Much like one of my favorite songs, it looks like we “blew the doors off” the peanut market this year. Farm Service Agency has released the planted acres summary, and there aren’t any positive surprises, from a peanut pricing standpoint. I also suspect the old saying “Big Crops Get Bigger” is in order as well. The USDA National Ag Statistics Survey is currently projecting a national yield of 3,950 pounds per acre. If this comes to fruition, this would be lower than the average yield of each year from 2012-2014. Planted acres are up 22% nationally compared to 2014. There were big increases in several states including Alabama, Florida, Georgia, Mississippi, and Texas. As always, actual yield in Georgia will be a dominant factor in market prices for farmer-stock peanuts moving ahead, as that will be about half of the entire national crop.
There has been some chatter among the “farmer hotline” about the USDA lowering the “Loan Rate” of peanuts. Farmers utilize the “loan” as a minimum price they receive, roughly $355/ton. So far, I have found no information indicating a potentially reduced loan rate during the term of this Farm Bill. However, the USDA has temporarily altered the “Loan Repayment Rate,” which is something that has occurred in each of the past several years to move more peanuts from the loan and into the shellers’ possession. It may have other implications as a “marketing loan gain,” but is not the same as reducing the loan rate. Concerned farmers are probably confusing these two actions. I will gather more specific information on those potential impacts as they are determined, but there is no current discussion of reducing the loan rate, that I have found.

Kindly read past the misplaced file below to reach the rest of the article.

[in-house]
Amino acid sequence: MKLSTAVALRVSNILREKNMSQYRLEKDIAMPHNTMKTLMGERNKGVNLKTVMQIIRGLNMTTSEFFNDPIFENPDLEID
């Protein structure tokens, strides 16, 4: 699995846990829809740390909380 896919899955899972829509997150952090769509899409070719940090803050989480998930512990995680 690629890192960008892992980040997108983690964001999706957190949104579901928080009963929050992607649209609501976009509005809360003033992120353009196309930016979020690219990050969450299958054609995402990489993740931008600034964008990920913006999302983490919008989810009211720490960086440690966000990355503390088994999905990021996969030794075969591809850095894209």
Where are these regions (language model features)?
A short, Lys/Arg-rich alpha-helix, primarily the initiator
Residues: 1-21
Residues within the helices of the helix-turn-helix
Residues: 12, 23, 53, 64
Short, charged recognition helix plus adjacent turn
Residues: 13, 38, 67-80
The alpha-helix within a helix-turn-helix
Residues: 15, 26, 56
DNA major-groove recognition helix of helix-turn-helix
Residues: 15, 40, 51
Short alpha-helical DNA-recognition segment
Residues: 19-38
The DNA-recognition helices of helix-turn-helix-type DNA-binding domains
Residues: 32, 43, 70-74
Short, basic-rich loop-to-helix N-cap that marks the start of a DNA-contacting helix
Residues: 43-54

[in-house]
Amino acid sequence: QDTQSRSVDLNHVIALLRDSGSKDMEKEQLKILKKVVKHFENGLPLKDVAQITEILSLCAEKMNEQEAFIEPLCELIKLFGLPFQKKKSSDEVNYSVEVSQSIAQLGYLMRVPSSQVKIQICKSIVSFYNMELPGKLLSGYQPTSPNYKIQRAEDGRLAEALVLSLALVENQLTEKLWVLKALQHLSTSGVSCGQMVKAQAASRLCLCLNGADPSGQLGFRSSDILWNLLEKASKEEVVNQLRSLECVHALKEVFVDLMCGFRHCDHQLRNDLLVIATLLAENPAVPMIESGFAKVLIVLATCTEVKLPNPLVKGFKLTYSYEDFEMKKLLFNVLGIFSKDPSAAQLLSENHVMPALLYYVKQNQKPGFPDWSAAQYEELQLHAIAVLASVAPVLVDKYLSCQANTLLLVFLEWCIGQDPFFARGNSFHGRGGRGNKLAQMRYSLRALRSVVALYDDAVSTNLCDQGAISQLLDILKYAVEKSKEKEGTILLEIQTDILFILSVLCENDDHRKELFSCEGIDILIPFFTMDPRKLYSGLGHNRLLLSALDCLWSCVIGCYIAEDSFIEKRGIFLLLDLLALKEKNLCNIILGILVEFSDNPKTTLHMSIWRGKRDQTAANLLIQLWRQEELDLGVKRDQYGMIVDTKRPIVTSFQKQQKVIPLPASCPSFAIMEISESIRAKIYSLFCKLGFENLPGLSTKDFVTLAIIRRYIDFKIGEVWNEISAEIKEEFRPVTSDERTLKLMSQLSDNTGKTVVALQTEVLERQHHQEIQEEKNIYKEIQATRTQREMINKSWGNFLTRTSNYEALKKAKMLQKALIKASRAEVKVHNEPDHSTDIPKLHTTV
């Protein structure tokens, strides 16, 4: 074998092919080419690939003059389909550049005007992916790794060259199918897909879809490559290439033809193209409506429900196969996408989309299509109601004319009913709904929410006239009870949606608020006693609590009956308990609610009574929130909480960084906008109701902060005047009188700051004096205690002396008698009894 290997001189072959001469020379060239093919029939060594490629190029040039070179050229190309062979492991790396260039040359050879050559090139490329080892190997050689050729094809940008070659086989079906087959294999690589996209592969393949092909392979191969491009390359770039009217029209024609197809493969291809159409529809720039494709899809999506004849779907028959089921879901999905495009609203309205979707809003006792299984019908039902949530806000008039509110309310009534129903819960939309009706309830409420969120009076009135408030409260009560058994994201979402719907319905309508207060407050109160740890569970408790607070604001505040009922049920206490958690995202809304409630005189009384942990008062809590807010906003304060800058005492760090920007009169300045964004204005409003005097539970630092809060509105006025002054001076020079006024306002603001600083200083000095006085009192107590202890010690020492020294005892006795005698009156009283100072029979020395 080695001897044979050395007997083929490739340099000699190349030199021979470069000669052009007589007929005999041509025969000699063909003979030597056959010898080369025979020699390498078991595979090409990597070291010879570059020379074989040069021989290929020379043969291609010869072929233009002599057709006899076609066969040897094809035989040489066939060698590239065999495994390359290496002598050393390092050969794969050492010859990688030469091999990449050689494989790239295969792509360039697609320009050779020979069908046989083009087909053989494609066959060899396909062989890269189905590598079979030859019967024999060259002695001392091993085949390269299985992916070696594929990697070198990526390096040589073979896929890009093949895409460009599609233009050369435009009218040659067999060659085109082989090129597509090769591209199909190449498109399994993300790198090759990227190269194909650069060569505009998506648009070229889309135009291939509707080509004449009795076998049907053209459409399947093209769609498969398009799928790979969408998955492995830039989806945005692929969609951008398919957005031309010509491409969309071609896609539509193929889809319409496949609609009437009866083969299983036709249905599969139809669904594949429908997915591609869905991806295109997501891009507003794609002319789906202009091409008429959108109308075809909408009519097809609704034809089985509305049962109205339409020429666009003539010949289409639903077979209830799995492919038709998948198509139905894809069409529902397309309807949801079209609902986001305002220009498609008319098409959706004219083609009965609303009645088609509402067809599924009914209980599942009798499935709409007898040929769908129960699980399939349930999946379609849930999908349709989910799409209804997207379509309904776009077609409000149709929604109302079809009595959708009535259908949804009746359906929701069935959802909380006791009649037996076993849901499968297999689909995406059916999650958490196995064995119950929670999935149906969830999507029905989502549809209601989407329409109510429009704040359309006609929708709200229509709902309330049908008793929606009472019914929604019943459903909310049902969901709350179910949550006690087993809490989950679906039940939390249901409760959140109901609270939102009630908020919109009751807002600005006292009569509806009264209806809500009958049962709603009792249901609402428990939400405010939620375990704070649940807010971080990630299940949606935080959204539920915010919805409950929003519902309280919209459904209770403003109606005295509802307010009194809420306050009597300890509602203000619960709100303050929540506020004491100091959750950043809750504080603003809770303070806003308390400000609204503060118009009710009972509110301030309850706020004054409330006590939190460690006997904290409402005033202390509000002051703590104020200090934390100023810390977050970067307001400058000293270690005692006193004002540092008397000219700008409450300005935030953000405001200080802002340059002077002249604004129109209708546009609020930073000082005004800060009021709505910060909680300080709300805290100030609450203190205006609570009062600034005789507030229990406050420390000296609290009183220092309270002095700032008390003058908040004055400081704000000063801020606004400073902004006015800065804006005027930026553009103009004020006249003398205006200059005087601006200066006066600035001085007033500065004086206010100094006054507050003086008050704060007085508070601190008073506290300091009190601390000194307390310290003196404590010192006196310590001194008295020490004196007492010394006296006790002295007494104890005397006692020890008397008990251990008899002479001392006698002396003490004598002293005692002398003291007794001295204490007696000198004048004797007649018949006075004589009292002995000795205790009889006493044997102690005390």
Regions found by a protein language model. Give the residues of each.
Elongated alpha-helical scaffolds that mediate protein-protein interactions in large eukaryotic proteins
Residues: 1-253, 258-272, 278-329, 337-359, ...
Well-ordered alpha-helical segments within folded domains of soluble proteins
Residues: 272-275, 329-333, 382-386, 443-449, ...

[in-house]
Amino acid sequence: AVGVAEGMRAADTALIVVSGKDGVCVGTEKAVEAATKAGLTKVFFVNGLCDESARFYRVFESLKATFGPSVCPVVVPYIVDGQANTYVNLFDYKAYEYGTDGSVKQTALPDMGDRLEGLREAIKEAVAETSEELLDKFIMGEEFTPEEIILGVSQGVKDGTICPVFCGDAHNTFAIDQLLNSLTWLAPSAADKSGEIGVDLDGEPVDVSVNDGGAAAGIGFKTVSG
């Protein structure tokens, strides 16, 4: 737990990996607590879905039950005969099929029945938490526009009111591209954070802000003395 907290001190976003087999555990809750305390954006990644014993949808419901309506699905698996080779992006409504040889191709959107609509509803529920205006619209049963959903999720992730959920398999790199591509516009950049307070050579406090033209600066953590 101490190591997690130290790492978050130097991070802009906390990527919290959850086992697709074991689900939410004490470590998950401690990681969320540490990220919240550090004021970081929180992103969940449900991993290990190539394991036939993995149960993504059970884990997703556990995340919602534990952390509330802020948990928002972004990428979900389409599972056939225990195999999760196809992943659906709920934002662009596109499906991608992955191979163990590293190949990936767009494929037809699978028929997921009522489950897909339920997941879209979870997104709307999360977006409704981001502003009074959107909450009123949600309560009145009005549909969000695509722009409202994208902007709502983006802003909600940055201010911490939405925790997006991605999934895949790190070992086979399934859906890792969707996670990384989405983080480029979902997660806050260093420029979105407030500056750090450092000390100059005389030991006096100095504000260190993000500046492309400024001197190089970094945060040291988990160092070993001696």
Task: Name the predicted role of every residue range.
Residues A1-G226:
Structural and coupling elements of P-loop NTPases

The table below includes an ongoing summary of the USDA Peanut Stocks and Processing Report. It is obvious in this chart that the carryout will grow beyond any level since the “modern era” when the quota program was lifted. Weather at harvest could still be impactful on final yields, but this crop has seen overall good conditions with few problems reported so far.